Response to presentations: “Patch Dynamics and Productive Urban Landscapes” M. L. Cadenasso, 15 June 2005
Watershed 263 water filtration design, Flora Hsiang-I Chen, 2003.
- Patch dynamics incorporates space and time
- Patches defined by a city block – infrastructural definition
- Patches considered at multiple scales in Danish project. Rearrangements of residents slated to occur at the block scale but the entire WS 263 area segmented into three patches with distinct functions: development, standby and empowerment.
- Two presentations presented opposite approaches, one separated humans from nature allowing nature to “take over” or reclaim land while the other integrated nature into the fabric of the city, increasing opportunities for residents to see and interact with nature.
- Both projects used time as a resource but this is explicit in the Danish presentation. Segregate humans from nature by rearranging the residential neighborhoods, concentrating residents in a single zone. Central to the design of the stand by zone is time because it allows succession of plant and animal communities while providing temporal space for the system to potentially shift into a place where the zone can be converted back into habitation.
- The projects are distinct from one another in that one reinforces boundaries and the other makes the boundaries fuzzy. The contrasts in the system – Route 40 (highway to nowhere) and the railroad tracks – serve as boundaries that are treated as barriers to the flow of people and amenities. Conversely, the Columbia project attempts to diminish the boundaries, or lessen the influence of the contrasts, by integrating the physical and social system of watershed 263.
- The Danish project, in particular, ignores the social component of the system. The project appears to be something imposed from outside. The rearrangement of people, to leave their neighborhoods behind so that the density of residents can be increased in another portion of the watershed. This approach ignores the social networks and dynamics of neighborhoods. Even if residents claim that they would move given the chance, they would want the option to make that decision. This approach is reminiscent of the urban renewal programs of the 60’s and 70’s.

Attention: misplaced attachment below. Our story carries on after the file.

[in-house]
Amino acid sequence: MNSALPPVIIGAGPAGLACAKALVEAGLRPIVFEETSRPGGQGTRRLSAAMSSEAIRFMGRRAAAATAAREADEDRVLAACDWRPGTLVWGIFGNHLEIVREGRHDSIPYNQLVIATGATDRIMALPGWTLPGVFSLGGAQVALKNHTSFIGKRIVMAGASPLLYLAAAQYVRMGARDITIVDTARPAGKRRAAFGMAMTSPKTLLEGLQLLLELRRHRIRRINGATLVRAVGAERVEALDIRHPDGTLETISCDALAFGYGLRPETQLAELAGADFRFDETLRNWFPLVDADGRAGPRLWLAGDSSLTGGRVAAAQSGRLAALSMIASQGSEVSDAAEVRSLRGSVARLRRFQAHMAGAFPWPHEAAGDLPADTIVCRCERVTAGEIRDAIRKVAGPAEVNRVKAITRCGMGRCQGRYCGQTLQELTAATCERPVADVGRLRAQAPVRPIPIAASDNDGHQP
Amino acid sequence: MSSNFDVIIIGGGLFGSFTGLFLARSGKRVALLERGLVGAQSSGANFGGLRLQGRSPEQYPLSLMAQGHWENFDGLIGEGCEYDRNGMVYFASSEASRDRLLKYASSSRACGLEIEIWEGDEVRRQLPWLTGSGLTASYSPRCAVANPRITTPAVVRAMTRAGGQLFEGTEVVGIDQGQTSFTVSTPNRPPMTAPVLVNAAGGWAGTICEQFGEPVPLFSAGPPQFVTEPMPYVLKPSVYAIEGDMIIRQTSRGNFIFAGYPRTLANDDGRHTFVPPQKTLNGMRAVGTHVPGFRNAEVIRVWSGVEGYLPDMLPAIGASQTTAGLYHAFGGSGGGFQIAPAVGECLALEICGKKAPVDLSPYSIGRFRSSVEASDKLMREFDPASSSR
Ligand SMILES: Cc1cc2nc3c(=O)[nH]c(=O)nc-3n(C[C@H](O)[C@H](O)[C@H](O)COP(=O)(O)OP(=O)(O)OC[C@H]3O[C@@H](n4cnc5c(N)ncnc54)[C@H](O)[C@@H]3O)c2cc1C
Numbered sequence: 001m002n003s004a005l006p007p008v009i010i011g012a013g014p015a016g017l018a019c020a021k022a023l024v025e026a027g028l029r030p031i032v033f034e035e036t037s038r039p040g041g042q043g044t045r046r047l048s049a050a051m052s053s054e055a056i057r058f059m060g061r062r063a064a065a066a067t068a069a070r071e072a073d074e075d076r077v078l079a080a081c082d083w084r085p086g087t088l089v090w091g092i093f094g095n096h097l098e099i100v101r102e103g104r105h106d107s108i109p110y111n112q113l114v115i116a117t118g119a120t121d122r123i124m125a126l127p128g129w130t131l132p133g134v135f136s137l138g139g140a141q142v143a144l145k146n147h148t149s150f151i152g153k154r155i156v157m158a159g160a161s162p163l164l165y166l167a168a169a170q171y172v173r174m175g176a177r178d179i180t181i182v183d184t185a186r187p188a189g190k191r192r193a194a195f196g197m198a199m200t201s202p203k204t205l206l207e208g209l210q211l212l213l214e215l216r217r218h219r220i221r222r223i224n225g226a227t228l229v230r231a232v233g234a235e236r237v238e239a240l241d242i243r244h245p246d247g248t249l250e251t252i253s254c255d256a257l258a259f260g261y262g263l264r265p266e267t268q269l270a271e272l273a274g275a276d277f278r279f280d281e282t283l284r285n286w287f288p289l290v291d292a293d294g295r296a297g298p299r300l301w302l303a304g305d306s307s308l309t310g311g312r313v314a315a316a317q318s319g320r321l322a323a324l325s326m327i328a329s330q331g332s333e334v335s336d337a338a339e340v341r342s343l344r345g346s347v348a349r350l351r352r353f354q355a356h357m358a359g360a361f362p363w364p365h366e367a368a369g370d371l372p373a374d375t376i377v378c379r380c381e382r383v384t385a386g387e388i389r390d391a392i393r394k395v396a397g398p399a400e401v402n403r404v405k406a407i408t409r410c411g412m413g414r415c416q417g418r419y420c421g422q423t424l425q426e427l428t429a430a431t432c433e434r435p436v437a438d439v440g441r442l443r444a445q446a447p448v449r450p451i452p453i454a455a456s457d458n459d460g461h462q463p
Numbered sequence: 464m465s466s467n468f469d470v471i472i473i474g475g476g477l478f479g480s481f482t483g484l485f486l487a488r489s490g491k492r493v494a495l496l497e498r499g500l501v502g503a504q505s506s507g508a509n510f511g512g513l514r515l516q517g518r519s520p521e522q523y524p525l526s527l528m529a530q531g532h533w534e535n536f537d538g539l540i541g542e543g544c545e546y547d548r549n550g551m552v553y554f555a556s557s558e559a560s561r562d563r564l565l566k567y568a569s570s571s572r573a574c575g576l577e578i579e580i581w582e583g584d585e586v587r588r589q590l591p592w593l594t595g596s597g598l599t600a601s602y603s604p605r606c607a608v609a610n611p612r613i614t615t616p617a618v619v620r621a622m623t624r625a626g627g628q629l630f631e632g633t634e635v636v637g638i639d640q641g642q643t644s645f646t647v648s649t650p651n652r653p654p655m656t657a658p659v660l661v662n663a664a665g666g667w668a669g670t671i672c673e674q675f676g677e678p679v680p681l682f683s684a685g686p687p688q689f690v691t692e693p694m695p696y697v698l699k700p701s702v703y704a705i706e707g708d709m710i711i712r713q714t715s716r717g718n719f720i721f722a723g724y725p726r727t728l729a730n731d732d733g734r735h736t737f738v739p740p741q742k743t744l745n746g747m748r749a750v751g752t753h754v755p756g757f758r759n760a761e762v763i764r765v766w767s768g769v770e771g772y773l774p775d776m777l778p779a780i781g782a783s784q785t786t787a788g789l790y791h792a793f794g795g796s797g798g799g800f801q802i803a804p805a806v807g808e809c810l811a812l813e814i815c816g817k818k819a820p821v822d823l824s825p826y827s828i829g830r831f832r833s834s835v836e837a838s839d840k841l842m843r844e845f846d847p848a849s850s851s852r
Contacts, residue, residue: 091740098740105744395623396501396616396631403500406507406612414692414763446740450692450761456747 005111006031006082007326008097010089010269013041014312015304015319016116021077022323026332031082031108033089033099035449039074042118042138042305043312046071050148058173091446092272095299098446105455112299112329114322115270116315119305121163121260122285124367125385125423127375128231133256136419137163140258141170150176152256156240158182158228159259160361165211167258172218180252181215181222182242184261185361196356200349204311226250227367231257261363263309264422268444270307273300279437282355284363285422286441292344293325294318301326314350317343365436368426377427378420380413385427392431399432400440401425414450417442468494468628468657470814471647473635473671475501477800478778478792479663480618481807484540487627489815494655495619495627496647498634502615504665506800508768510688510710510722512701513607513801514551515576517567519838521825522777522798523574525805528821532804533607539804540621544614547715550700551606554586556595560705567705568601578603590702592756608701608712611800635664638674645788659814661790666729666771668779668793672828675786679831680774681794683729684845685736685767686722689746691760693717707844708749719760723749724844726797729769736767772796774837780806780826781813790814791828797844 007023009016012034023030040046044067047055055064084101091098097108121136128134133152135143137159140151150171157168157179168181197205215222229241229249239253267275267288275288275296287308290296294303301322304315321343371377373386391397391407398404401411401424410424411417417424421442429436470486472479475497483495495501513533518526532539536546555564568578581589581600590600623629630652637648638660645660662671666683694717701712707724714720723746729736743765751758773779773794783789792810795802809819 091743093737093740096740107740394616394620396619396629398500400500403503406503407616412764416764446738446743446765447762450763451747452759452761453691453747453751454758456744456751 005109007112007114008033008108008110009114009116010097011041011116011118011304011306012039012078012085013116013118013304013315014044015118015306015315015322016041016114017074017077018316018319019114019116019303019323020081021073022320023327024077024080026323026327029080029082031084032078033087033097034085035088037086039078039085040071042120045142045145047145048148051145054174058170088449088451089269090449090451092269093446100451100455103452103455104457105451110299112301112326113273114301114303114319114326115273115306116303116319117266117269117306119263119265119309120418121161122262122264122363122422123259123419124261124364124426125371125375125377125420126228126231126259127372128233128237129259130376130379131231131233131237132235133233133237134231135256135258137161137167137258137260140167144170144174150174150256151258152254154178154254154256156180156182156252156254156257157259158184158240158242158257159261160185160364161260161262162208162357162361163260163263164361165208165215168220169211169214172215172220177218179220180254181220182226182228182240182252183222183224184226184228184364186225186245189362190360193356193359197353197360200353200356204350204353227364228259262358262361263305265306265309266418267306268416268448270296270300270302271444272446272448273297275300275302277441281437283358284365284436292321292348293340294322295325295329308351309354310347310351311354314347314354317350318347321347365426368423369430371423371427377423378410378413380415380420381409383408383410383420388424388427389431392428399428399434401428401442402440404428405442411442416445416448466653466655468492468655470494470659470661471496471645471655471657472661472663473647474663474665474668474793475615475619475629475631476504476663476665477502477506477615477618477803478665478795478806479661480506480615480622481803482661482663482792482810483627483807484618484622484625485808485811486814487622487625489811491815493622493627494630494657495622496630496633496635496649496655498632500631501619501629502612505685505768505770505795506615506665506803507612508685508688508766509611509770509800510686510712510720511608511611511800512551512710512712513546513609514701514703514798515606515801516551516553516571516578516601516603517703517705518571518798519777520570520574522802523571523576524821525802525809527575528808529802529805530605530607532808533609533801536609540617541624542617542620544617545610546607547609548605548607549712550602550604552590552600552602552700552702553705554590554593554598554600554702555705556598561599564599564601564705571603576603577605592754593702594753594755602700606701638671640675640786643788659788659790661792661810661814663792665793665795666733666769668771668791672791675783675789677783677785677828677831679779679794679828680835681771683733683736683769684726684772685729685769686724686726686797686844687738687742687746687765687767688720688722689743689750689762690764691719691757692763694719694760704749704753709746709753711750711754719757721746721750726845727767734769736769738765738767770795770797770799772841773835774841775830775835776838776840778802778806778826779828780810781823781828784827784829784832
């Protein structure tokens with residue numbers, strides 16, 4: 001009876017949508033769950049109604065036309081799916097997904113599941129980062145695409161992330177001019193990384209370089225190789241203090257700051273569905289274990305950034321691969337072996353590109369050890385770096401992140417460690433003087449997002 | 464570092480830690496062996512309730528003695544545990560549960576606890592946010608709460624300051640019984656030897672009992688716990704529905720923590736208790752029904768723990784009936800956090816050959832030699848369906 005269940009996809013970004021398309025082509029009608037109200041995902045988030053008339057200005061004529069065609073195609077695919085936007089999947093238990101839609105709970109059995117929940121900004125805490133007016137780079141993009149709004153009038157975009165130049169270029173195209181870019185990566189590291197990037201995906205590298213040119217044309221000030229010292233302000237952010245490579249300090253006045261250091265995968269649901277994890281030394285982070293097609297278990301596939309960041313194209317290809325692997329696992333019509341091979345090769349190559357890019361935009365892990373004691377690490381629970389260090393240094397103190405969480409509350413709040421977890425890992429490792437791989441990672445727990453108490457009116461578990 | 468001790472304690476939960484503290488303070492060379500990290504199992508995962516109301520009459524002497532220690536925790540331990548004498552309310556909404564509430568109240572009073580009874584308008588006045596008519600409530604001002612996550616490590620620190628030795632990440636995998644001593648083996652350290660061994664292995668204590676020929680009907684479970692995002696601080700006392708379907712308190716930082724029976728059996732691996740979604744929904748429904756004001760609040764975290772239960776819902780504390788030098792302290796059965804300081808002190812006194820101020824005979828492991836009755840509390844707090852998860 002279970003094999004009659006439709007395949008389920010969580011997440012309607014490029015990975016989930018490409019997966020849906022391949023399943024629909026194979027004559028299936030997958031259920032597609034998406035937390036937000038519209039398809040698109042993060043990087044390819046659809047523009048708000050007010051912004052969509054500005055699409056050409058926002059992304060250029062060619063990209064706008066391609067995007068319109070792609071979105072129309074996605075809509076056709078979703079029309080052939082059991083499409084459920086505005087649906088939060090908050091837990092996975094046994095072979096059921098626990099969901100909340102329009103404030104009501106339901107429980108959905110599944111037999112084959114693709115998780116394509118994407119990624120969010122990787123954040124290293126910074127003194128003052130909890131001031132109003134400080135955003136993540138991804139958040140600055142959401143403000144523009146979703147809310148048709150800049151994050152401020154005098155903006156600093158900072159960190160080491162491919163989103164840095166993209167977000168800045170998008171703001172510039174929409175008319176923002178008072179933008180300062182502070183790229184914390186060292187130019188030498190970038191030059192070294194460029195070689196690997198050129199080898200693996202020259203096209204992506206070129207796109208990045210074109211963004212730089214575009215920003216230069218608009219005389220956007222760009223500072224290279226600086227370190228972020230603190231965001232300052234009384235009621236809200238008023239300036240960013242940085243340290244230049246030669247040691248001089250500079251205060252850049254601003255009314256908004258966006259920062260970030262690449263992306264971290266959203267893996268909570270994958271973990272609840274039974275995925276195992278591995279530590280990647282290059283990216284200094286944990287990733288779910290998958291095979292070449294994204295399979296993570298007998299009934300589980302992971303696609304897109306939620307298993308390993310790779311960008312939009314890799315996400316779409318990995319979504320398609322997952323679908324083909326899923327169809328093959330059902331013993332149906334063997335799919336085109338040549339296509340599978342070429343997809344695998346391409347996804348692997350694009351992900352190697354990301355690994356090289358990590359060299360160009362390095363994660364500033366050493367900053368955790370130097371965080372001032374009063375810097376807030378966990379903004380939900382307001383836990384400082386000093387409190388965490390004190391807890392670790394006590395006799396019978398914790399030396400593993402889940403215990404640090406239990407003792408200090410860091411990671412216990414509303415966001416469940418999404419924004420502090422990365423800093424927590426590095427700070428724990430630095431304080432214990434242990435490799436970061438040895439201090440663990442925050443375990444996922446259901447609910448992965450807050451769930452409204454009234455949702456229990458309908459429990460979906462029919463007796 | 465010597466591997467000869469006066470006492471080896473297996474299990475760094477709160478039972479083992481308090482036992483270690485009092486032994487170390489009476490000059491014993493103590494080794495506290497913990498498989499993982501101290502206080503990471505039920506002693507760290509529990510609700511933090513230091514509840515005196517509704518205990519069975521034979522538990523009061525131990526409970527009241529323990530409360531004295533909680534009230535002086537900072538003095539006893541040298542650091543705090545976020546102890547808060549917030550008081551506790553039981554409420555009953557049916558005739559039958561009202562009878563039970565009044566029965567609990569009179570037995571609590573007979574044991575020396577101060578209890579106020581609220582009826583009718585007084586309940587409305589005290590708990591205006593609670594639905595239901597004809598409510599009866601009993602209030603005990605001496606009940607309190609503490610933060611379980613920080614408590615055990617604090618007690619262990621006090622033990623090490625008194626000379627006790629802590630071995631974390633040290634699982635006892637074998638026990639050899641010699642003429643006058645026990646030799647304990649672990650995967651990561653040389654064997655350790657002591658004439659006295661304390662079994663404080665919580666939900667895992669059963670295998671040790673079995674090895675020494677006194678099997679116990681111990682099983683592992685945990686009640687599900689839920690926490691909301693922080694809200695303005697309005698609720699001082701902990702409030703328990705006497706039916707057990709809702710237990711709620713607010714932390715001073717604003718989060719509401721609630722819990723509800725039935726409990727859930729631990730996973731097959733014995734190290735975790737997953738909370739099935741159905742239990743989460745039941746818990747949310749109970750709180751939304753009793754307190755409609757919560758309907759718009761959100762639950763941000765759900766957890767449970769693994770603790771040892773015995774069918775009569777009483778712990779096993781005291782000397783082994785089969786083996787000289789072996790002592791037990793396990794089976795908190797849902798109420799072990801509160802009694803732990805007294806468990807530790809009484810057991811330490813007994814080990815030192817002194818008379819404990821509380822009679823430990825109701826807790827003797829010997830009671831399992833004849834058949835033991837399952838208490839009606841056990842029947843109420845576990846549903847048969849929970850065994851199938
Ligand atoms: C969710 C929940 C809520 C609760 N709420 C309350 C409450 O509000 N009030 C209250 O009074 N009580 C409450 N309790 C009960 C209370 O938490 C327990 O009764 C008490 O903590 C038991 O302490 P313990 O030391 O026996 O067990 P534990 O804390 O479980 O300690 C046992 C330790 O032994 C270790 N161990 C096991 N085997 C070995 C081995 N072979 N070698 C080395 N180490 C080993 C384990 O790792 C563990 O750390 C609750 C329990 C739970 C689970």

- The Danish project, builds on a metaphor of shrinking cities. The assumption is that Baltimore, and watershed 263 in particular, has lots of what they see as unused space. The assumption they make is that cities must maintain a certain density to function so the response is to rearrange residents to achieve that density in one third of the land area. Perhaps the base assumption should be assessed. Can a less dense city be functional?
- Be mindful of the materials used in projects. The use of bamboo may have economic benefits but the ecological costs of introducing such a noxious invader into the system must be rigorously analyzed.
Watershed 263 inner block water retention pond design, Oliver Valle 2003.